Toodledo: an accessible research project management tool

Completing a PhD project requires not only good research, analytical and writing skills, but time management and organisational aptitudes. Sometimes the good old pen and paper list method or calendar does not suffice to stay on top. If, like me, you fear losing track or forgetting something without a good task management system, you may be interested in reading about Toodledo.


Toodledo is a task management software/application, available for desktops, mobile phones and iPads/tablets. It synchs between all these devices via the internet so that you can easily access and edit your task list at your work station or on the go.


I have been using the system for over 10 months now to help me get my academic (and other life) projects in gear to completion. I would not consider myself to be a seasoned task management app user, however, as I have only used rudimentary Outlook functions and list apps such as Wunderlist or scheduling apps such as Planner HD as a basis for comparison.


Here are few of the reasons why I have found Toodledo suitable:

– It offers a  clean, simple, ergonomic user interface, allowing you to add tasks to your list in one click and have a good idea of what needs to be done at a glance (especially with the customizable list view);

– You can then edit the details such as due dates, notes, folders, and even goals, quickly;

– Your list is easily accessible and editable on the go, via different devices;

– Once a task is completed, you can just tick the box and it will disappear instantly from your list (but kept in a history for one week with free account or more with a pro or pro plus account);

– There is a free version (free registration for desktop use, however, the iPad/iPhone app is £1.99 on iTunes).
The key to success with Toodledo, in my opinion, is to make sure to keep your list complete and up-to-date. When I started using the free app, I first sat down and quickly entered every single project, task and subtask I could think of to free my mind (and desk from paper lists). For instance my thesis project required completing tasks such as:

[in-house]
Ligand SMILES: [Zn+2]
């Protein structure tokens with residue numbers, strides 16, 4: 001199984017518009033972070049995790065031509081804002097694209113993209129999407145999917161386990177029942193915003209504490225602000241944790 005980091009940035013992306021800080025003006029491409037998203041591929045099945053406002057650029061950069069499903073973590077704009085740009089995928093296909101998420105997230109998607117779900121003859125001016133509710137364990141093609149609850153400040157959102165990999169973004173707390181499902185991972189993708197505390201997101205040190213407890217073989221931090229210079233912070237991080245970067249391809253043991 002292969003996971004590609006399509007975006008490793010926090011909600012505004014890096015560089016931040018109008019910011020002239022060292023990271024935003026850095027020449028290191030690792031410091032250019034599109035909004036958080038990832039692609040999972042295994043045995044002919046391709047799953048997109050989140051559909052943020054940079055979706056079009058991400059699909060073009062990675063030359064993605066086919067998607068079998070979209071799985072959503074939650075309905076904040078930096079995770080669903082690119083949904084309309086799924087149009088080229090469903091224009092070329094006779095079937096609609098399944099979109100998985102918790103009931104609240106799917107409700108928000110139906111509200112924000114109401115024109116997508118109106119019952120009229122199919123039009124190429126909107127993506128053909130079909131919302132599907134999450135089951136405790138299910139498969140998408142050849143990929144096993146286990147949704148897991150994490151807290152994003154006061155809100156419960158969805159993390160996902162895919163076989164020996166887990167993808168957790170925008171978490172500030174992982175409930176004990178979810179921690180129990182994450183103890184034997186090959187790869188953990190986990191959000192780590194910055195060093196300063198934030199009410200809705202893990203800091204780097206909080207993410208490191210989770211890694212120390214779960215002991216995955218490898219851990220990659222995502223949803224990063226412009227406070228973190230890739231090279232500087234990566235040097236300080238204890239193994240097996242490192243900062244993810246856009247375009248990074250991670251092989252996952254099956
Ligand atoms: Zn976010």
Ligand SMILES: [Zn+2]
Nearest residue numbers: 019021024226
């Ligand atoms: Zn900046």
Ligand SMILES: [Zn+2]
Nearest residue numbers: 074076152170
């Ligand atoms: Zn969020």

– Booking and preparing for supervision meetings

– Identifying, reading and annotating relevant books and papers

– Planning, writing and amending early stages of research (lit review, research questions, conceptual framework)

– Developing an ethical protocol, consent forms, data management plan and getting them approved

– Developing questionnaires, interview protocol and questions, observation grids (and in my case, setting up and moderating research blogs for participants)

– Finding necessary software and equipment (such as data analysis and reference manager software, as well as recording devices, photo or filming equipment) and getting adequate training or support when needed

– Gaining access to datasets/fields and recruiting participants

– Coordinating and conducting interviews with participants, field visits, focus groups

– Booking venues, visual aid and refreshments for focus groups

– Saving, backing up (encrypting) reviewing, transcribing, reading, organising, annotating and analysing data